On the ground floor, the house has three double bedrooms - two leading on to a terrace - a shower room and utility room. There is also a second bathroom on the first floor. Two bedrooms have double beds and one has two singles. There are also two children’s foldaway beds.
For outdoor eating and drinking, the balcony on the first floor is a huge 3 x 9 metres, while the terrace downstairs is partly covered. Both have tables and chairs. The garden is on three levels and slopes down towards the woods. It has the sunshine all day but there are plenty of shady spots, where you can sit under a tree or swing in a hammock.
The spacious lounge The dining area
Upstairs there is a large open plan living/dining room and kitchen leading on to a large balcony that affords views over the lake and forests. The living room has a television which receives some French TV and BBC World, a DVD player and portable CD/cassette/radio. The kitchen is equipped with a dishwasher, fridge, electric oven and hob and all the usual utensils. The utility room has a sink, washing machine and an extra fridge to store the local wine. The house also has central heating for the winter months.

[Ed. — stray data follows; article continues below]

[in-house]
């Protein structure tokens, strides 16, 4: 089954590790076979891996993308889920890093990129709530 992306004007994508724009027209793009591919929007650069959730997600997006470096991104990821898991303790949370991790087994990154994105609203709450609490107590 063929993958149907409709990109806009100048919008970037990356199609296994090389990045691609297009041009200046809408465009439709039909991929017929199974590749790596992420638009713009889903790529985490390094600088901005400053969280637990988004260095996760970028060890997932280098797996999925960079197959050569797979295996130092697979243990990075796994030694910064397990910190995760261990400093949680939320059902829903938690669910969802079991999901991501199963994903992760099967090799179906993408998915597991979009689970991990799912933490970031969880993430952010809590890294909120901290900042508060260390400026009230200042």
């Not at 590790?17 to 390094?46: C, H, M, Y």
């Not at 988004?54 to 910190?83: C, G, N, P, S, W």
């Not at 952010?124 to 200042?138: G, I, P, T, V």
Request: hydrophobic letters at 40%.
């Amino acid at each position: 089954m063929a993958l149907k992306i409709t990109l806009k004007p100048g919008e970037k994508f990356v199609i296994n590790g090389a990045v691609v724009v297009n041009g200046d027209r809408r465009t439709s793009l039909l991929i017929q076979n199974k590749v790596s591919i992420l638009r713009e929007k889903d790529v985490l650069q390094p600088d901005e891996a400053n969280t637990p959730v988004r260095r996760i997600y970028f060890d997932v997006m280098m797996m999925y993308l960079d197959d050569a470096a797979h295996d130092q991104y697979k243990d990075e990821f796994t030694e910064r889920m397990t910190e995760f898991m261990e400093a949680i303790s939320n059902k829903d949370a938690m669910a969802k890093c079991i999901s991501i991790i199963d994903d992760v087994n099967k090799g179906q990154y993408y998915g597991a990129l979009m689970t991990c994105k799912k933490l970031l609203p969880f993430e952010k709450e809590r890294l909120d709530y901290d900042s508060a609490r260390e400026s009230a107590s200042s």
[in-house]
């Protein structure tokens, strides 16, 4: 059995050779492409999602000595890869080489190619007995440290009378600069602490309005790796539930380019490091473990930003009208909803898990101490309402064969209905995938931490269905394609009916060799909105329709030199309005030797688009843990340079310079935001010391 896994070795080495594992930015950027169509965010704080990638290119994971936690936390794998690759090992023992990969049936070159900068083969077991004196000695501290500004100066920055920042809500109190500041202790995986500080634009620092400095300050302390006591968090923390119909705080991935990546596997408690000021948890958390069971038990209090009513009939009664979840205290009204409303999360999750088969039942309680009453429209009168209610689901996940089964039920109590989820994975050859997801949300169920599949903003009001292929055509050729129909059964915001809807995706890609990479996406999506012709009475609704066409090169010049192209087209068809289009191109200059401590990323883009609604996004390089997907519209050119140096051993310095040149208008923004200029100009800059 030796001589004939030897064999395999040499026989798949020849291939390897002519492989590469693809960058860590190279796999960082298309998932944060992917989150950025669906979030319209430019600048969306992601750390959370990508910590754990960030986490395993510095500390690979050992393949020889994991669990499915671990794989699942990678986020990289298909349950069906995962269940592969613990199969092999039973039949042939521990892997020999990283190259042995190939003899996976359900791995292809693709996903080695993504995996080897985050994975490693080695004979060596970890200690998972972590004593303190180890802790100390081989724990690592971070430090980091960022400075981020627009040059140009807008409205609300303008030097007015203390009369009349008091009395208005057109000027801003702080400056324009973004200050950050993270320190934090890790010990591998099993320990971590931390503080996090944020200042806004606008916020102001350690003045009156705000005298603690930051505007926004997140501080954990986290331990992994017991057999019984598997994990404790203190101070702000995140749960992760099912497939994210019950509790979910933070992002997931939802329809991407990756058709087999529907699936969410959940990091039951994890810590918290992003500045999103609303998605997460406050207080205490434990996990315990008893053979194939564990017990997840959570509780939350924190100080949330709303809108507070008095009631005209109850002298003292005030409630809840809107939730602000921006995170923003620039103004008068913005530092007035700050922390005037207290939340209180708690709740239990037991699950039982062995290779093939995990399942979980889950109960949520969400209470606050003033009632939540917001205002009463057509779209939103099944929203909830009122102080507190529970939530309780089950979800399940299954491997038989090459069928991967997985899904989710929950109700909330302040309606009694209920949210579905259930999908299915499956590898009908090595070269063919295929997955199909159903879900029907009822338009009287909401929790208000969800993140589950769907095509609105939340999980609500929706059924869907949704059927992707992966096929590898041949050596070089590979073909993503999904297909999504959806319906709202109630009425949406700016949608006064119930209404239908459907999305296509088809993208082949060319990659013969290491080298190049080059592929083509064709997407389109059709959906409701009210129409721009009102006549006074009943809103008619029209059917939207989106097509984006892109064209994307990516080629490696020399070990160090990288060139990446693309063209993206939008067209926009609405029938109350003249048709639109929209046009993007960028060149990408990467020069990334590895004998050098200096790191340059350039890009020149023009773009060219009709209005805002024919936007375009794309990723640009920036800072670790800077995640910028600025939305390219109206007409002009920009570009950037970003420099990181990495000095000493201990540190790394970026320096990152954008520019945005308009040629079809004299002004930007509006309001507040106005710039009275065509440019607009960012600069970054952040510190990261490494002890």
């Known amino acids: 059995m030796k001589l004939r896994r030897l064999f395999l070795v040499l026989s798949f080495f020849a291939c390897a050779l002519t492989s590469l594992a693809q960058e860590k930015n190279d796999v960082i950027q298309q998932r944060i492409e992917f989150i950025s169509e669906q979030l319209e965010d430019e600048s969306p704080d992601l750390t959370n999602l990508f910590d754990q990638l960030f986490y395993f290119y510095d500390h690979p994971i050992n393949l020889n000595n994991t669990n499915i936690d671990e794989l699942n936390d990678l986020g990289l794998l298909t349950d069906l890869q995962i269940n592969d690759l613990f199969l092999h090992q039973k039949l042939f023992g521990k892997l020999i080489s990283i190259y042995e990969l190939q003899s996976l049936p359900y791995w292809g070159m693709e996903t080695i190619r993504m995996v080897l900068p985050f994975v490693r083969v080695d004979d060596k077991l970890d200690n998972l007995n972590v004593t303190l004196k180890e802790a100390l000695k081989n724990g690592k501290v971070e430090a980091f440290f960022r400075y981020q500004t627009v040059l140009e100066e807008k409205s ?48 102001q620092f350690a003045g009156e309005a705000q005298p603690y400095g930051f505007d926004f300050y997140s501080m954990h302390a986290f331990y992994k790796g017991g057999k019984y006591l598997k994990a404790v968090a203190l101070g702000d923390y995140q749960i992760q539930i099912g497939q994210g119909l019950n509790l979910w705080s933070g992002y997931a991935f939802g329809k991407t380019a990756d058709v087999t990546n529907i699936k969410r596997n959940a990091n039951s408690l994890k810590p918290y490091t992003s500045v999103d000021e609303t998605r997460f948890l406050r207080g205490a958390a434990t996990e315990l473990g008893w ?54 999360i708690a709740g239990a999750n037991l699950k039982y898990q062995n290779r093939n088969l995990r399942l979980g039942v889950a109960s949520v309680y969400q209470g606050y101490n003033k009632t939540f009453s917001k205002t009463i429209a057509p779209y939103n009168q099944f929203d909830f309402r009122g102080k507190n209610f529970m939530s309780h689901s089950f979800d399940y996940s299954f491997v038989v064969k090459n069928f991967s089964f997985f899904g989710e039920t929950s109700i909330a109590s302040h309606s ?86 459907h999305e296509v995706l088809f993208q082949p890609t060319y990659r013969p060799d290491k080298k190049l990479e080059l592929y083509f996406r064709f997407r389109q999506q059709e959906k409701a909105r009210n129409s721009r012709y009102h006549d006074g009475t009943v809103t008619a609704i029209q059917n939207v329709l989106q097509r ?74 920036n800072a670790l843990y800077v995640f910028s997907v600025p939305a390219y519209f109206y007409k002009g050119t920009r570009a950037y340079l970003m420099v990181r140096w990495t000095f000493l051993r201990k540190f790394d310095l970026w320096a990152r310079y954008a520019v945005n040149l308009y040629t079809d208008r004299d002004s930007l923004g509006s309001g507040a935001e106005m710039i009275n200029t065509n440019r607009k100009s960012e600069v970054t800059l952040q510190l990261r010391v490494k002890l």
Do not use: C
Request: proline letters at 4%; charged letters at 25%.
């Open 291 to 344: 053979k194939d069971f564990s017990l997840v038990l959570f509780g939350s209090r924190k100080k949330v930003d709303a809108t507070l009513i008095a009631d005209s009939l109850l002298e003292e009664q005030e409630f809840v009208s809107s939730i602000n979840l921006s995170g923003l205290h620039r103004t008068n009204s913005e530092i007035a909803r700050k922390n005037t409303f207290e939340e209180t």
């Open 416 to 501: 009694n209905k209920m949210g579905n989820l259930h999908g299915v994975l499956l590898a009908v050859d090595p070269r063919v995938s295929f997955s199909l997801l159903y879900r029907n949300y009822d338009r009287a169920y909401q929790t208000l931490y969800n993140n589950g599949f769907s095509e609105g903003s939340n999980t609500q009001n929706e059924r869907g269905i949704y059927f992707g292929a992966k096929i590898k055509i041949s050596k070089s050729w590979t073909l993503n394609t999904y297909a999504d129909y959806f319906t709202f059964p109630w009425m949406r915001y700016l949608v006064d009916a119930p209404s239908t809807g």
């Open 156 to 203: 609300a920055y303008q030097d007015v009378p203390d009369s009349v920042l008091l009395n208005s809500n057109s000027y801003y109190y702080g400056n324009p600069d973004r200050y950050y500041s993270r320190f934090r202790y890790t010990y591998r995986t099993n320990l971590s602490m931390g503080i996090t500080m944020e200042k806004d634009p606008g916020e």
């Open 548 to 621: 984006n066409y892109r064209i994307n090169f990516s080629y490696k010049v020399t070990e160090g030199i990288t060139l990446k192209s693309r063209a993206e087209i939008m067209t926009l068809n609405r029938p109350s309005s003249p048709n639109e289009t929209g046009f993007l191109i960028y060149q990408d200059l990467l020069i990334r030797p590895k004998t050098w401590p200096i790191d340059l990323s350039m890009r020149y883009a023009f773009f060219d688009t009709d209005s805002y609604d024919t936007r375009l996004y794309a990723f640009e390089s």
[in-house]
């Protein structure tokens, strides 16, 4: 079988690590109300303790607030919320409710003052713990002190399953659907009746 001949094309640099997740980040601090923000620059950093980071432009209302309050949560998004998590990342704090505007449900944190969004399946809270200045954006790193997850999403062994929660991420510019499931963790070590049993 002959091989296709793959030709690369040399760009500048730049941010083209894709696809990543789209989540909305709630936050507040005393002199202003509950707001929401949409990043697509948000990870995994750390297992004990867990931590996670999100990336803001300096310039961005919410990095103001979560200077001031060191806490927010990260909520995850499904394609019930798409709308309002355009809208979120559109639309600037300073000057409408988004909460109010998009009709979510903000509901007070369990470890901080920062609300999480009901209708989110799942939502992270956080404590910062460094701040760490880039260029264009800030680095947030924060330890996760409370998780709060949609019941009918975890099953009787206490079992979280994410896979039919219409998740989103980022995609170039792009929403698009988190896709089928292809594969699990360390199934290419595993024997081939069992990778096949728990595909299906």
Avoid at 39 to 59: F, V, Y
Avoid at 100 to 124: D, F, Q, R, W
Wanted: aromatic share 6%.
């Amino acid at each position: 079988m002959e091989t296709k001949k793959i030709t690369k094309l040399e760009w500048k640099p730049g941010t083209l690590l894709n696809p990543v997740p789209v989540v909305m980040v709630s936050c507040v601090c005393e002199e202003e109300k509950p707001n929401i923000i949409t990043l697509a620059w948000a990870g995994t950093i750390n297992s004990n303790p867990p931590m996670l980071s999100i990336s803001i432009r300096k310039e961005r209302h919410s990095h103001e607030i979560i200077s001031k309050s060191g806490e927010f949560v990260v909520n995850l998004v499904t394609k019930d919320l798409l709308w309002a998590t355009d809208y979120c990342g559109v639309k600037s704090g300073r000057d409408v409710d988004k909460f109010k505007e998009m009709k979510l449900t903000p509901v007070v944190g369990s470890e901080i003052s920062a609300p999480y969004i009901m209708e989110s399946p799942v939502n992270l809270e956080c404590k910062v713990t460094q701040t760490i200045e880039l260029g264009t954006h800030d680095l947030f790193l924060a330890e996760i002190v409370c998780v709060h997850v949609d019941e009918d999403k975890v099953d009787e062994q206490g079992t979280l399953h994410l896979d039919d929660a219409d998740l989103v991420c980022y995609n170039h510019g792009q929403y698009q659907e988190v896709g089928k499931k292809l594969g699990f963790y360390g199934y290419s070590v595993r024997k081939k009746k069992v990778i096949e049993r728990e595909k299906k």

View into the bedroom from the terrace There is one twin bedroom and two double bedrooms
   

Family friendly
We welcome families with young children and can provide a cot and stair guard free of charge. The villa has two large terraces with railings, which act as huge play pens for toddlers. We also have some toys for toddlers.

As there is no pool, you don't have to worry about accidents. However, to cool off, there is a shallow, sectioned off area of the lake at nearby Bauduen and Les Salles, which has a life-guard in the summer. With sunny days all year, the villa is an ideal place to go with young children out of season.

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Bauduen